Key & Peele — Substitute Teacher
And you end up watching and re-watching some of your favorite Key & Peele comedy sketches.
A great start to the day, I suppose.
“Hey, let’s use Framework X that was just released a few weeks ago. I read that it’s much faster than what we’re using now.” - RockstarDev2015
“Oh, but did you see the recent benchmarks against Library Z. It didn’t look that great at all.” - I_Am_Ninja
We would have probably started and / or participated in similar conversations when deciding on solutions to use in our product’s technology stack.
But let’s face it, are these really the type of questions that should dominate the discussion surrounding the topic of which technologies we should adopt for our product?
Sure, they are important points to consider, but my concern with these types of questions is that they are often asked in the absence of context pertaining to the product we’re building. …
I was first introduced to the world of Test-Driven Development through Obey the Testing Goat — a fun read and I highly recommended it if you haven’t read it yet. This concept of first writing tests based on real world scenarios of how he or she may use our application before implementing the actual logic to get those tests passing got me really intrigued.
In theory, it was perfect.
Business and product people would be assured that user stories can and will be handled correctly by the system. …
You’re the popular figure on the Internet now and frankly, I felt rather unsure when I was first introduced to you. Your style seemed quirky, especially how you seemingly went against the holy grail of engineering advice, encouraging us to break the principle of maintaining a separation of concerns.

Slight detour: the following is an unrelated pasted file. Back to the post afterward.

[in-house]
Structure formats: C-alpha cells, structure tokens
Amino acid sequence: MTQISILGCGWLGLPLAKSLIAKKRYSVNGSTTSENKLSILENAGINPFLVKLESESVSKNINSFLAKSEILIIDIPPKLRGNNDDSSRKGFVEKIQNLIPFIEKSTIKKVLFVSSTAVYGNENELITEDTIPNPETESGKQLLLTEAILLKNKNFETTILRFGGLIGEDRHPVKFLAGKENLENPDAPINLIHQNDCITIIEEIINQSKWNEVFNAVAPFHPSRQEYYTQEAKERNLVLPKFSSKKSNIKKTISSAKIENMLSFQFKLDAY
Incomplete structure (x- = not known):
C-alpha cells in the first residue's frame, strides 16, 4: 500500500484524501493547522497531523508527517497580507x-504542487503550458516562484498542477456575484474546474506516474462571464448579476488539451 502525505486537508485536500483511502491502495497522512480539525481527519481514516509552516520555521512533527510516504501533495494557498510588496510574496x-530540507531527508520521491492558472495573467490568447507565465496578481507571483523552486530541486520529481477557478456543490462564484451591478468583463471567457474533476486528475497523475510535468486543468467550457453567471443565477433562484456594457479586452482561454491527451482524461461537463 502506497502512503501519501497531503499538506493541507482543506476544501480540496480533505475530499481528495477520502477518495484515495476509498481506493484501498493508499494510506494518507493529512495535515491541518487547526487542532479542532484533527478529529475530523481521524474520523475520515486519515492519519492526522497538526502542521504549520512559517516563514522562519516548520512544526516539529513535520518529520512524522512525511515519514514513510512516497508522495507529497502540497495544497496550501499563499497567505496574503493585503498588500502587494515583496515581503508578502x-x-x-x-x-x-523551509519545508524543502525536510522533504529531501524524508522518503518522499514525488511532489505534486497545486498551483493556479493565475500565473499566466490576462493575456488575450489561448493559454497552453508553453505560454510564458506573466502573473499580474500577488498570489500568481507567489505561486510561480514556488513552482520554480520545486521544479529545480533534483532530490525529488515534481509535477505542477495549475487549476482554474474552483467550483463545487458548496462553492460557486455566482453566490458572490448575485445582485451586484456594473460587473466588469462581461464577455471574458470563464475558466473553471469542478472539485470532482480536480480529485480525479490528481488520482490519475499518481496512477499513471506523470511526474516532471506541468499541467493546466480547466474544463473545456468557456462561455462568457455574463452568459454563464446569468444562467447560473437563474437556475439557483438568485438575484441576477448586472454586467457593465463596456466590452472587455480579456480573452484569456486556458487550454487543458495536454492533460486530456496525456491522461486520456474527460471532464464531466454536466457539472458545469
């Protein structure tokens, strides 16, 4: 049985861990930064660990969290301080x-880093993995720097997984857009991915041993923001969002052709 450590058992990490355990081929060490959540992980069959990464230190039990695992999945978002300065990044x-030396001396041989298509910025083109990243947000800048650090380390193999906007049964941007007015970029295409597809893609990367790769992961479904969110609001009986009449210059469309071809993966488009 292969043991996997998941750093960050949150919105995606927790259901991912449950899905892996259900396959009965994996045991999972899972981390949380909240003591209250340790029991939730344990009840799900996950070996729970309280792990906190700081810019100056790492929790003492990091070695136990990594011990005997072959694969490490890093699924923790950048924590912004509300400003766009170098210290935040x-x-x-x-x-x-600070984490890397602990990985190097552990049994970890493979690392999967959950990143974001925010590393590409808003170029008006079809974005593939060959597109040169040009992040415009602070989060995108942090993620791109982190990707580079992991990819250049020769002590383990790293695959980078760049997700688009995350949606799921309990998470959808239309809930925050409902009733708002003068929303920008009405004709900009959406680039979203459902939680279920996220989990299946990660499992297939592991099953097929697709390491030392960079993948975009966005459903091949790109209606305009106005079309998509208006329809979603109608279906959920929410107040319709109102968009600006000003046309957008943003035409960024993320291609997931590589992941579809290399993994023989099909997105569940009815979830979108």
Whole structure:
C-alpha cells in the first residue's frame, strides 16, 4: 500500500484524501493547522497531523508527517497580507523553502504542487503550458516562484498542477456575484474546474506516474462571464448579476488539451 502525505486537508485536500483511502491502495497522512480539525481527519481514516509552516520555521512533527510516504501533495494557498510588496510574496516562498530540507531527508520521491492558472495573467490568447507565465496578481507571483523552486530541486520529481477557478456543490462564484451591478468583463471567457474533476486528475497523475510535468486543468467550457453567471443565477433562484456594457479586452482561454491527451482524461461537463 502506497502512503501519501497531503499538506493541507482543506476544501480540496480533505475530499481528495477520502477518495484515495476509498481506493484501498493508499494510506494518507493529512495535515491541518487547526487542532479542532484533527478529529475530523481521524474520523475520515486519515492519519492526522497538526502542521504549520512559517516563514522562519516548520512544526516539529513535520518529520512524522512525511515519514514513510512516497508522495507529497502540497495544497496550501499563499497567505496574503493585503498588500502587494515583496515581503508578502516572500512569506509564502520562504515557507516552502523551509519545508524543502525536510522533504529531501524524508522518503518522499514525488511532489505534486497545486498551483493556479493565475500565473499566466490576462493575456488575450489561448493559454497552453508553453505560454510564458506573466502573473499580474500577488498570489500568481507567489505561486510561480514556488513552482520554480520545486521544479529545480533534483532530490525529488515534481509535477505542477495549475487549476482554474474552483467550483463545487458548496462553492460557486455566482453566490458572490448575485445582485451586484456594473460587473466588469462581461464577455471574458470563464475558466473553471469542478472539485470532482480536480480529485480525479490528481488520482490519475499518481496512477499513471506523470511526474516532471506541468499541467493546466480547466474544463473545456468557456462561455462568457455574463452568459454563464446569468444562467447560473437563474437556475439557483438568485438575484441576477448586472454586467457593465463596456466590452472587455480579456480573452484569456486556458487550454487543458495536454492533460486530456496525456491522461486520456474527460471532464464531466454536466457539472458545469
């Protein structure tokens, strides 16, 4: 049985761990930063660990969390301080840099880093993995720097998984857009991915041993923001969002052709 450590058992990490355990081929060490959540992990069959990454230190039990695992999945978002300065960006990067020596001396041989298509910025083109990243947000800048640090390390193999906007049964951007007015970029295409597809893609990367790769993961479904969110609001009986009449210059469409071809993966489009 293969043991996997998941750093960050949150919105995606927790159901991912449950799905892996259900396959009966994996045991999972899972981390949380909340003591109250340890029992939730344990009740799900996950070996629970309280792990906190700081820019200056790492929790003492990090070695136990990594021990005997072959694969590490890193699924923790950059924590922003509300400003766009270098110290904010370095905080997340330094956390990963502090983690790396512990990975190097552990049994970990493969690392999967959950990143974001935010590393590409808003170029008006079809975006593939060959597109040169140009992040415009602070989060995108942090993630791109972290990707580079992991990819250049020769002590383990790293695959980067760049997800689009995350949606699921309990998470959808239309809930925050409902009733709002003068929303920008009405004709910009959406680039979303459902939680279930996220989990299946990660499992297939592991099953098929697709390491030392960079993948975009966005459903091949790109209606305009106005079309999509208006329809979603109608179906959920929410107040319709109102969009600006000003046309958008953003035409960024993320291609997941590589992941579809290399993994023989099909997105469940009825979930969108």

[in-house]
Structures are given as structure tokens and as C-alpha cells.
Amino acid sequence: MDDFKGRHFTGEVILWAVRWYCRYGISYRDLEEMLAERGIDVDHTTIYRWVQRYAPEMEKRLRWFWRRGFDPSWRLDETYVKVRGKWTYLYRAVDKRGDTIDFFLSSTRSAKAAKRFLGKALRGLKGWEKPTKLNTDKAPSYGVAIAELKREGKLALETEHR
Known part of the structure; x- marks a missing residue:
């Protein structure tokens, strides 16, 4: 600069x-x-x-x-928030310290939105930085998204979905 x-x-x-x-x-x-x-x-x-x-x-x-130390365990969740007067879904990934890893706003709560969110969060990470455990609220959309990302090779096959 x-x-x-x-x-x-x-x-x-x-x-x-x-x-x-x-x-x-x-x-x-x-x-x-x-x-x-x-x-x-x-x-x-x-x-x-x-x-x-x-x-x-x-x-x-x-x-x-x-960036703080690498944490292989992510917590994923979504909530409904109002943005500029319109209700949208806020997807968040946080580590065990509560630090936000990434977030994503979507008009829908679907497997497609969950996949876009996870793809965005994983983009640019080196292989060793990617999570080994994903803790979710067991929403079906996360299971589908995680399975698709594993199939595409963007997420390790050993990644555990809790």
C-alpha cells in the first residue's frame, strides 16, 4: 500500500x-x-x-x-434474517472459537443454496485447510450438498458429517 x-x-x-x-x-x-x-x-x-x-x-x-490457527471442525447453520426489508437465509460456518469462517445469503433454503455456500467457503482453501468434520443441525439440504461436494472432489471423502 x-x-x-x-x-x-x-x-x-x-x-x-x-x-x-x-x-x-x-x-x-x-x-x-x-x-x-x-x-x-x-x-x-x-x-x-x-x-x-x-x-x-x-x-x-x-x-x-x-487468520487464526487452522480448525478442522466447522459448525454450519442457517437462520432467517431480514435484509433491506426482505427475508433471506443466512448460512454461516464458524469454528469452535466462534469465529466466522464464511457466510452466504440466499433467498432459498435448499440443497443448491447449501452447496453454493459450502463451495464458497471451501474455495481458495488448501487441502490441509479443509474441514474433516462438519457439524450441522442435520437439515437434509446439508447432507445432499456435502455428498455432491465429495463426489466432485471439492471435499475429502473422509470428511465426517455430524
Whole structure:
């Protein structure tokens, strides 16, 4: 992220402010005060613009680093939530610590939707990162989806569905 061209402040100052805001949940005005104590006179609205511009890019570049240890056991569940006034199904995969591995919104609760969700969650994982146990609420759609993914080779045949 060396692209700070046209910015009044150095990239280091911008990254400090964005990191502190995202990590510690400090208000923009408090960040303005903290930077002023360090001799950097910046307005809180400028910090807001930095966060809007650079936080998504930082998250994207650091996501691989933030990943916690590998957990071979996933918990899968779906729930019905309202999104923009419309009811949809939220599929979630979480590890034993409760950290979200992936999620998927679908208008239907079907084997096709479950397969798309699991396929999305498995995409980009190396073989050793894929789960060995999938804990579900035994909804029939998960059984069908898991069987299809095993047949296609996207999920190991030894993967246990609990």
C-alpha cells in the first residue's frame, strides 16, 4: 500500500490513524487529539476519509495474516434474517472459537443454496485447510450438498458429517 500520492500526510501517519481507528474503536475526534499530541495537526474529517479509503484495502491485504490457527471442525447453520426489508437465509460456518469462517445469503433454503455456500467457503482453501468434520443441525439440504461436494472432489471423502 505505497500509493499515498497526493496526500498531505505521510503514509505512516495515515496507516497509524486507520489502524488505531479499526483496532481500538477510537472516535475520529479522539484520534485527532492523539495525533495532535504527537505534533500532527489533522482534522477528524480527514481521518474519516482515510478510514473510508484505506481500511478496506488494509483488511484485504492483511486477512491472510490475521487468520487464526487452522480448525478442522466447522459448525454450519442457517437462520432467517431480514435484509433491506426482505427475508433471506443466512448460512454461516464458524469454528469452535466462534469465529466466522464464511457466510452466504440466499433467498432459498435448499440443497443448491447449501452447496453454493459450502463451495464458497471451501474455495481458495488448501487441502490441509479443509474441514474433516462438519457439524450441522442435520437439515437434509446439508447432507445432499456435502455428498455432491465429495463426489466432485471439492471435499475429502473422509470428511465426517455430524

Strangely, our initial interactions went well, in fact, a little too perfect I must say. It was easy adapting to this unconventional style you call JSX, and I started to see the additional values you provided through multiple lifecycle hooks.
But alas, as our relationship grew deeper, I fell into my comfort zone and ended up dropping the ball on several occasions. I drew upon my experience with others and tried applying the same principles to you, and that was a foolish decision since everyone operates in a different manner. …
The hardest part about software engineering is not writing code. It’s the ability to look at each problem with a fresh perspective, independent of solutions you have implemented in the past.
This is, by far, the most important lesson I’ve learnt while working with a bunch of mad chill, crazy smart people who love their craft.
When faced with a problem, it’s inevitable that we may get stuck in a rut and start seeing old problems and offering old solutions which may not ideal in the current context.
To understand why this happens, we’ll take a quick segue into neuropsychology.
Whenever a problem is presented to us, our left brains are automatically engaged and we start recalling the solutions that are familiar to us. …
It’s been 14 months since I first started working with Angular and in recent times, I find myself moving away from this framework.
Now, I don’t necessarily agree that one framework and / or library is inherently better than the next. Every product has its own set of challenges, every team has its own unique dynamics and these, I believe, should form the basis for choosing a right set of tools to help craft an ideal solution for the task at hand.
Therefore, this is not intended to be another one of those articles that tell you not to use a particular technology. Instead, I’m just sharing some of the painful problems I’ve faced which encouraged me to seek out alternatives to Angular. …